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The stature of agency media planners and strategists is on the rise, due in part to recent media research that has advertisers demanding more answers from their agencies about media tactics.

Clients are looking for media strategists' insights into studies on reach and efficiency that challenge traditional views, agency executives say.


"Clients are regarding media in a different way-that it's not just plugging [gross rating points] into a computer or finding the lowest [cost-per-thousand viewers or readers]," says Bob Giacomino, senior VP-media manager, Grey Advertising, New York.

"There is a lot more emphasis placed now on how to use media in different and smarter ways-that media contribute greatly to the success of a campaign, that it's not just creative that sells products," he says.

"There's much more discussion and emphasis being placed on media," agrees Steve Sternberg, senior partner, BJK&E Media, New York. "That's due in part, of course, to the tremendous number of choices that exist [today] compared to 10 to 15 years ago. But it's also because . . . clients hear about these theories . . . and want more information about them."


Within the last 18 months, Erwin Ephron's continual-frequency media scheduling theory, also known as the recency theory, has been the subject of high-level discussions among executives at Coca-Cola Co., Kraft Foods, Pfizer and Procter & Gamble Co. and their agencies, industry executives say.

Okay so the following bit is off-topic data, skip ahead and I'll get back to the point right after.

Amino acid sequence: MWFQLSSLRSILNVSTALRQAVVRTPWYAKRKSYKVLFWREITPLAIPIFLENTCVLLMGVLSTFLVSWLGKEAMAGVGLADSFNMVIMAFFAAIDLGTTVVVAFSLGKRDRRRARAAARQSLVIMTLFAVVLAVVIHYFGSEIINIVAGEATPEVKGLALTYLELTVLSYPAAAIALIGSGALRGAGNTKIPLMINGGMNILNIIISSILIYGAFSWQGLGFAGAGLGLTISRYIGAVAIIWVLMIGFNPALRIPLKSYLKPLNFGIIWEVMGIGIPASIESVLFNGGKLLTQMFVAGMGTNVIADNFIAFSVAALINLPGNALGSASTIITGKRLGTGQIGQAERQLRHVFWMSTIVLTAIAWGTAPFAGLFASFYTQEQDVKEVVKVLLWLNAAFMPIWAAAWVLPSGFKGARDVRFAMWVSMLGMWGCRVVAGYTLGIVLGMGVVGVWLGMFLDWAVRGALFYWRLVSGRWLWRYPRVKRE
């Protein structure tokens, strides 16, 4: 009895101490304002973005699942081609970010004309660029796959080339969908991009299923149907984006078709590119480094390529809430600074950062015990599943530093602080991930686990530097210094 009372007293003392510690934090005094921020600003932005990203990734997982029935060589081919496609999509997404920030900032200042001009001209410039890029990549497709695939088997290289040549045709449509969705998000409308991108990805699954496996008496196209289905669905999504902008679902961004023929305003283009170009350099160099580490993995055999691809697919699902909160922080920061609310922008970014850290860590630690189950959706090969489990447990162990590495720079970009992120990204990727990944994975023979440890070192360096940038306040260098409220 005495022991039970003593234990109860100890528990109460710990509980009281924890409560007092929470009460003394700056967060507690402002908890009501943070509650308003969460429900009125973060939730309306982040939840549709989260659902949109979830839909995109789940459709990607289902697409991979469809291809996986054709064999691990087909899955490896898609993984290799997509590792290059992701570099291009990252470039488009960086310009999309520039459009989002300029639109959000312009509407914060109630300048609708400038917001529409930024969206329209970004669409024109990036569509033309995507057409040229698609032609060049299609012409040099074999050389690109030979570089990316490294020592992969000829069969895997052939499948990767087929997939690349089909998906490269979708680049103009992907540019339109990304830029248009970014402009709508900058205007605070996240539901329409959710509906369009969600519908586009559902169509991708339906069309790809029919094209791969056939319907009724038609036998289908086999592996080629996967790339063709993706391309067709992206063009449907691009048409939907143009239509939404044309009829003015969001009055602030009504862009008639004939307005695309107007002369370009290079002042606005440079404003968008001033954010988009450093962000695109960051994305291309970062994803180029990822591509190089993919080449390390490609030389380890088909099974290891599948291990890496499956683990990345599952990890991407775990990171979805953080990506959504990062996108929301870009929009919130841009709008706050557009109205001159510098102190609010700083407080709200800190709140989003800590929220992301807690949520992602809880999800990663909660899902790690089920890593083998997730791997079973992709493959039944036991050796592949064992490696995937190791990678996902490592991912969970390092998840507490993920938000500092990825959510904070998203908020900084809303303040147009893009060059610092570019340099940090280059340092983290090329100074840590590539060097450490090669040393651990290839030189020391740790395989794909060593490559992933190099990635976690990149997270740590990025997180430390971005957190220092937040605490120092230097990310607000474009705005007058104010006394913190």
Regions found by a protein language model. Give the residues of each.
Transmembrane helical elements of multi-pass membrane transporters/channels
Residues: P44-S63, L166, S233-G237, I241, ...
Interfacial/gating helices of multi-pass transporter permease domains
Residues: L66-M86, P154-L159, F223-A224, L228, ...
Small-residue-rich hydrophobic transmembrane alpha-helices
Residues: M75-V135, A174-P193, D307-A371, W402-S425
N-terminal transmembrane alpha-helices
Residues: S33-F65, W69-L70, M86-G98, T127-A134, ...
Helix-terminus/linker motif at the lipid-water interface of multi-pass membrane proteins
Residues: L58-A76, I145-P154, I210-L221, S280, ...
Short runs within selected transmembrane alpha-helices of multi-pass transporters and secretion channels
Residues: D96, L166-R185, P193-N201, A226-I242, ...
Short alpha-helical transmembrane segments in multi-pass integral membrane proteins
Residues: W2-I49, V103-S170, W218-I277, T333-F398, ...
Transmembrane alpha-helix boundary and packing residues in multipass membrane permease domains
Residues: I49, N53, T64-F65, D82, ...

According to this theory, a heavy-frequency flight followed by a longer period when the brand is not advertised is less efficient as a full-time presence in media (see chart below). The reason why is because additional increases in weight generate smaller and smaller boosts in reach.


There are exceptions to this rule, most notably with seasonal products, says Mr. Ephron, partner at consultancy Ephron, Papazian & Ephron. But for products sold year-round, he contends, emphasizing duration over the "weighting" of flighting makes more sense, even for new-product introductions.

"The idea is to be there at the time that the consumer is making the purchase decision," Mr. Ephron says.

At the same time, Turner Broadcasting Sales executives are beginning to make the rounds of client-agency meetings, having been invited by agencies to present its "Media at the Millennium" study.

The study, conducted by A.C. Nielsen Corp. for Turner Broadcasting Sales, the ad sales arm for Turner Broadcasting System networks, contends that the decline in broadcast prime-time ratings over the last decade, together with the growth of cable TV, means that shifting spending from broadcast to cable can deliver audience reach without resorting to excessive frequency.

However, agency buyers note, top-rated prime-time network TV programs should be excluded from this theory since they offer not just gross rating points but also an immeasurable cachet.

"Viewers judge you by the company that you keep. Advertisers want to be associated with the cream of the club, and prime-time [network TV] is the club," says Howard Nass, senior VP-corporate director, TN Media, New York.

With broadcast TV's command of audience shrinking in prime time, Turner executives suggest 40% to 60% of TV ad budgets should be in cable.